The body of a Daug hybrid dog is quite heavy and muscular. They often have a round face with some wrinkles, which is a characteristic of their parent breed – the Pug.
We all know that Pugs face many health issues. Fortunately, crossing Pugs with Dachshunds has led to the development of a rather healthier breed – the Daug. These hybrids tend to be healthier than either of their parents.
Some Daugs might be born with inherited health issues depending on their parentage. For example, they can be prone to allergies and diabetes, which comes from the Pug parent’s side, or Cushing’s disease, which is a health condition that many Dachshunds inherit.
With low maintenance, Daugs make great companions for owners who aren’t looking for a high-energy dog. However, they still require moderate daily activities, such as walking and running.
13. Doxie Pin: Dachshund Mixed With A Miniature Pinscher
Photo from: @rakel.krakel.spektakel
The Doxie Pin is a crossbreed derived from the Miniature Pinscher and the Dachshund.
Doxie Pins come in various sizes and color patterns. They usually come in dominant Miniature Pinscher colors, such as black and tan, with distinct brown markings on their face and chest.
Doxie Pins are small to medium-sized dogs that weigh anywhere from 10 to 15 pounds, and reach up to 13 inches in height. Like most small dogs, their lifespan is among the longest, ranging from 12 to 15 years. The lifespan depends greatly on the care provided by the owner.
These are wonderful little dogs suitable for seniors, families with small children, and single adults. They basically get along with everyone except for small animals.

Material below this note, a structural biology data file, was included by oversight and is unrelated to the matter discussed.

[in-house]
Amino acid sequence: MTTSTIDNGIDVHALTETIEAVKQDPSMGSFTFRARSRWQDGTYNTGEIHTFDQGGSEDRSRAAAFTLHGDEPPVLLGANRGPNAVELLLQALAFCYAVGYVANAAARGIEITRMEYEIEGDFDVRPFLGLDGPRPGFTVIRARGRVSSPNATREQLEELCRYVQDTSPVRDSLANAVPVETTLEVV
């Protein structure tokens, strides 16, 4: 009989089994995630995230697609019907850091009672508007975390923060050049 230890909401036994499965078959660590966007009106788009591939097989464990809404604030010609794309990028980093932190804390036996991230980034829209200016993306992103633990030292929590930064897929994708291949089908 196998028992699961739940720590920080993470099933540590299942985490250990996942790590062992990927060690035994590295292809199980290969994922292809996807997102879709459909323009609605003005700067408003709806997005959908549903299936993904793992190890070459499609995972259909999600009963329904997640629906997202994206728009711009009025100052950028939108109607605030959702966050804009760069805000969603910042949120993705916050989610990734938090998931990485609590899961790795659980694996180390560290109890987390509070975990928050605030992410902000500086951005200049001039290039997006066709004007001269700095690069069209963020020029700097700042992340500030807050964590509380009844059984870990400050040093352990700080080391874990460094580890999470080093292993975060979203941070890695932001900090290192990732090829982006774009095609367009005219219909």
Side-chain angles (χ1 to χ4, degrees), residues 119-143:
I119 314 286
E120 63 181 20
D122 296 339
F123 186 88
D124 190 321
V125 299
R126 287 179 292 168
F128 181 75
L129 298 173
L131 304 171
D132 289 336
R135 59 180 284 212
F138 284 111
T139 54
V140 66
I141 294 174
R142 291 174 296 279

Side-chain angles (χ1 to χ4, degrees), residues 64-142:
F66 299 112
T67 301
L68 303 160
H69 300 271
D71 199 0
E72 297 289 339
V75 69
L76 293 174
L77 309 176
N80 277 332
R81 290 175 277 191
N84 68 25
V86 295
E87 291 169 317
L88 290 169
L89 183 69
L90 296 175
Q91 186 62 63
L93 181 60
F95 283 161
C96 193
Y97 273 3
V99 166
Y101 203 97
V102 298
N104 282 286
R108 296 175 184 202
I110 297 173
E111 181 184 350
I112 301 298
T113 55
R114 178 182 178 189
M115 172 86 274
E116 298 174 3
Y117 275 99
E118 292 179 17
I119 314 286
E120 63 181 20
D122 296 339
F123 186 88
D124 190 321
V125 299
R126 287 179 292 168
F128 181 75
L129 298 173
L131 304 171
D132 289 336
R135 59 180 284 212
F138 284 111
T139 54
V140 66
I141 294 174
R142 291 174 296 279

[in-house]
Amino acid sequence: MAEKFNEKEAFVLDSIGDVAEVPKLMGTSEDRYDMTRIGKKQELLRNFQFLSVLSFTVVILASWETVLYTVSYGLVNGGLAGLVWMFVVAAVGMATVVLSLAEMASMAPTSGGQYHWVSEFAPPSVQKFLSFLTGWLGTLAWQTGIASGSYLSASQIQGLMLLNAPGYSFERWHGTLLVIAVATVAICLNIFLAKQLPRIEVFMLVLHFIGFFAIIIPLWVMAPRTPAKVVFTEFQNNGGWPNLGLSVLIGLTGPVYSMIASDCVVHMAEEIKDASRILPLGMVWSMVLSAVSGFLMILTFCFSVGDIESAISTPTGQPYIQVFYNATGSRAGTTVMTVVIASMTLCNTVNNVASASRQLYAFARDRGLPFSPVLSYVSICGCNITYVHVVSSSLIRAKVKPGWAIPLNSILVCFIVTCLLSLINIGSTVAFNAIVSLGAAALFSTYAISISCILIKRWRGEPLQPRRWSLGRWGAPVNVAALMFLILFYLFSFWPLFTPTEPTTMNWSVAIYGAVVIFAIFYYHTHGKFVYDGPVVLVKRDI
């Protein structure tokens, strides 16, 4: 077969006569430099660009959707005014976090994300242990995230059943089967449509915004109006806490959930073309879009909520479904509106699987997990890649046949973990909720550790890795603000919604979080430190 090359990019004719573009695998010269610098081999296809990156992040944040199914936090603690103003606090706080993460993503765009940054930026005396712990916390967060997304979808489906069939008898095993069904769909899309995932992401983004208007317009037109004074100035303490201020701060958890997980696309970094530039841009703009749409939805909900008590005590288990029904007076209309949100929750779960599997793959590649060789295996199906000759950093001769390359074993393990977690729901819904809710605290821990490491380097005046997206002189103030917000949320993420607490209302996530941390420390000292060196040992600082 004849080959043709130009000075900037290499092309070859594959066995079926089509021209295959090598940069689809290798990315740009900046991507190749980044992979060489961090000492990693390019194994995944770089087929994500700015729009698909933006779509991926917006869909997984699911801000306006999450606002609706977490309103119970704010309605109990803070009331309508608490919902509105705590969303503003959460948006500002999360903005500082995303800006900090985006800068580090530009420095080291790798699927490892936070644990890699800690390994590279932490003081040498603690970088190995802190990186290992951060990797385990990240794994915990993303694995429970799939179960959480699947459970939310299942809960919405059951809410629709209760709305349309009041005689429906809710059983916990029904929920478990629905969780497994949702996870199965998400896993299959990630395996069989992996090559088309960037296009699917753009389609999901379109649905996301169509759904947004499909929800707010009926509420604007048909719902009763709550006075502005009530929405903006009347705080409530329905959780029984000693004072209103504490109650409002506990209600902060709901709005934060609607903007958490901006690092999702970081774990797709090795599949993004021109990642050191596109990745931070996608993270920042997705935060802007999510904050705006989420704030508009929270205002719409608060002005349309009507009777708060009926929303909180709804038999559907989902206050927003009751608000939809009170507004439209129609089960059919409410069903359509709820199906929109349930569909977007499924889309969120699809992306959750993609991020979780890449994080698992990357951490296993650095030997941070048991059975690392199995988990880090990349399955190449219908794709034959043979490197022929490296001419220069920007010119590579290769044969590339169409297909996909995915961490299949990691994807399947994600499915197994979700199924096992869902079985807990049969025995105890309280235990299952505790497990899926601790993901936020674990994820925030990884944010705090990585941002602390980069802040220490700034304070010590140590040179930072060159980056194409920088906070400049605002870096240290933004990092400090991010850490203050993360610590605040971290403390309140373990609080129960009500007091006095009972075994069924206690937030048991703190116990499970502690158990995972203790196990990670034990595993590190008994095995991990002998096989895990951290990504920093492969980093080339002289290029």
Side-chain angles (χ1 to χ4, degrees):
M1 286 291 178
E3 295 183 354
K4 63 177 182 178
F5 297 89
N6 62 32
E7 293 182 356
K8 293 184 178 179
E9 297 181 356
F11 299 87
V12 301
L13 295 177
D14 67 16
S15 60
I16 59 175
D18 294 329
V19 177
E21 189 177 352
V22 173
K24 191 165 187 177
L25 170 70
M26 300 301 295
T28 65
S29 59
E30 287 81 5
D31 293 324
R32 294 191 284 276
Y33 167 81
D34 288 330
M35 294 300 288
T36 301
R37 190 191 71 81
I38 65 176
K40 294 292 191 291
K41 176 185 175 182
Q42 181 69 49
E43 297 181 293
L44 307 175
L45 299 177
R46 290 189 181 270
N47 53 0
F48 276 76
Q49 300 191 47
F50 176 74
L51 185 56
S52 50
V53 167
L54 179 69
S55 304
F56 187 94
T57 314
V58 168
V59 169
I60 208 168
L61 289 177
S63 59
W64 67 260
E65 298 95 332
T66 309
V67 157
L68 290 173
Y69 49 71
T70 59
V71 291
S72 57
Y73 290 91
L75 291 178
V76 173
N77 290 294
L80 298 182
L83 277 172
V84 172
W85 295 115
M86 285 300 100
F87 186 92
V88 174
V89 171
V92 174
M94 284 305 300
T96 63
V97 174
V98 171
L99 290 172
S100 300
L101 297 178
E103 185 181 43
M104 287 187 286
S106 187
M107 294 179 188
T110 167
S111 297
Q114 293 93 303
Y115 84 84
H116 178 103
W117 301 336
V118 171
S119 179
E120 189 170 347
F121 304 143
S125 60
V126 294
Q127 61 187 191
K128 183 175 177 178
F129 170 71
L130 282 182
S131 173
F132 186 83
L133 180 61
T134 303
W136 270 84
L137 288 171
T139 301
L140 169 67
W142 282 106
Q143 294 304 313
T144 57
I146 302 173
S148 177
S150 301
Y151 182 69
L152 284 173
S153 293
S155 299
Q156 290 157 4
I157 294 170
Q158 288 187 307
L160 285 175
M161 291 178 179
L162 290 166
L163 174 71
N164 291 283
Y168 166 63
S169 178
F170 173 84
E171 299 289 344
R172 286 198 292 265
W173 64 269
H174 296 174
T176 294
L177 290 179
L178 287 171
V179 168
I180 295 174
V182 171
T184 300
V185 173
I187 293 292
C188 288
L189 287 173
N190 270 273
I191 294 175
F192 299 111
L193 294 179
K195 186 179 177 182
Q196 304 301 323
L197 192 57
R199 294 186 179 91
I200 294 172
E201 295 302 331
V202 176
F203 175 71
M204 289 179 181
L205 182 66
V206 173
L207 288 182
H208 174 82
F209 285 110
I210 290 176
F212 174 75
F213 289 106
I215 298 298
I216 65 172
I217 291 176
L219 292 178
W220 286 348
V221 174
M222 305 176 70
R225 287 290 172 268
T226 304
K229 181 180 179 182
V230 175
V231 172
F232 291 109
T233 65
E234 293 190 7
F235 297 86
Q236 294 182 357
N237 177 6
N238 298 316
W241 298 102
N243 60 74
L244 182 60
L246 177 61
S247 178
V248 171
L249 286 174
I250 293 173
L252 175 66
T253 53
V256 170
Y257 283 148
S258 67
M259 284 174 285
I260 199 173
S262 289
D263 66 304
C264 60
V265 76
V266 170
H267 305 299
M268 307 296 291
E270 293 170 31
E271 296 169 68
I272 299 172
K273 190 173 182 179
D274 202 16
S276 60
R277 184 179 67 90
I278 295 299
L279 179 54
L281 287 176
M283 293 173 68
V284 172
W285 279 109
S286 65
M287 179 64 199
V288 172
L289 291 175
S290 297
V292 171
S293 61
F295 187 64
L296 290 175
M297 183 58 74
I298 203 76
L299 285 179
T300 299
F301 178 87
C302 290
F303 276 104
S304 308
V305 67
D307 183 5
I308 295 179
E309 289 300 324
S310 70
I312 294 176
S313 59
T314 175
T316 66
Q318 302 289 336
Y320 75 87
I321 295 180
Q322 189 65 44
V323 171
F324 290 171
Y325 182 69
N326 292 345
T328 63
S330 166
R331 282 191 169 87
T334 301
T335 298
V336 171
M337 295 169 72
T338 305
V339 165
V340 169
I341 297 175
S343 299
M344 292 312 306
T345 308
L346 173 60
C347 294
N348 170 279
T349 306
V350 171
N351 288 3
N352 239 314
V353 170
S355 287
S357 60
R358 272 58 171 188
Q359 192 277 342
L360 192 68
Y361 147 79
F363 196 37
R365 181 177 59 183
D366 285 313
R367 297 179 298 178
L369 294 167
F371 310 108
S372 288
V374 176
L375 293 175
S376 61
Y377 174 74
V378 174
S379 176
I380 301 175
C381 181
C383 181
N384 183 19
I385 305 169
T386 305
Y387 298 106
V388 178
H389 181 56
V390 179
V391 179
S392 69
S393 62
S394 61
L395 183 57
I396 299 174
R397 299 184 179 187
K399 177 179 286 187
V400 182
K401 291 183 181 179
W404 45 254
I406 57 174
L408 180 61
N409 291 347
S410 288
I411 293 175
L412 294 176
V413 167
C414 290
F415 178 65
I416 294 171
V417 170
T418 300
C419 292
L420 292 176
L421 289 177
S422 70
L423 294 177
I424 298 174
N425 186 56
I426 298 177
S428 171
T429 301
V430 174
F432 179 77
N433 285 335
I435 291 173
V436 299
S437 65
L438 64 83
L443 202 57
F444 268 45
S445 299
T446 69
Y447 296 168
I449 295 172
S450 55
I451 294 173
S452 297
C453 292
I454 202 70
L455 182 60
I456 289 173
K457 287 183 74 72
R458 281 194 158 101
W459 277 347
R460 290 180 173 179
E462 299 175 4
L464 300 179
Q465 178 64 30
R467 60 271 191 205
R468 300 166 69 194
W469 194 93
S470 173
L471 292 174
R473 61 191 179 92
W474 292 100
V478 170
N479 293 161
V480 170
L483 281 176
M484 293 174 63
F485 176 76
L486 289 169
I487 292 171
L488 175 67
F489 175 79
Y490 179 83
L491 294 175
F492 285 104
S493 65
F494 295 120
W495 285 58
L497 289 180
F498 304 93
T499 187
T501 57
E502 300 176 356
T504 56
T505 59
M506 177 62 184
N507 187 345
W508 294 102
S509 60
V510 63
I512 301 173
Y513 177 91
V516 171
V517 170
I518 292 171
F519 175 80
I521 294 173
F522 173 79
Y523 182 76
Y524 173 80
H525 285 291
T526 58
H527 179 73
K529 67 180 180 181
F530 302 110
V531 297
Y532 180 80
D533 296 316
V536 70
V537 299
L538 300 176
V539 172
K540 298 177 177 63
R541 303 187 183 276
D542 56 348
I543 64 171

Due to their high prey drive, Doxie Pins might chase small dogs and other small animals. They can also become very possessive of their food and belongings, such as toys and blankets.
Therefore, it is best to practice early socialization and daily training.
Doxie Pins love to cuddle and spend their time by their owner’s side. Always ready for fun, with these high-energy pooches, every day is an adventure!
14. Rat Doxie: Dachshund Mixed With A Rat Terrier
Photo from: @pepperbaby0216
A very rare and mysterious mix breed of the Rat Terrier and the Dachshund is the Rat Doxie. While little is known about where the Rat Dachshund mix breed came from, it is believed that these dogs came from the United States.
Given the name, the Rat Terrier has been primarily bred to chase down pests and rodents. Due to this, these dogs are known for their strong hunting skills.
Both the Dachshund and the Rat Terrier are hunting dogs, so a Rat Doxie surely inherits this particular personality trait.
Rat Doxies are vigilant, intelligent, lively, and fierce. On the other hand, they are very respectful of their owners, and therefore, are easily trainable.
Due to their high intelligence and affection, these pooches can also be used as service dogs. They are very gentle and well-natured with their familiar humans.
15. Dusky: Dachshund Mixed With A Siberian Husky
Photo from: @div.and.daph
This crossbreed comes from two extremely popular parent breeds. The Dusky is an unusual cross between the Dachshund and the Siberian Husky.
Their coat color and length depend greatly on their parent’s coat. Considering the Siberian Husky’s dominant genetic traits, most Duskies come in black and white long-haired coats.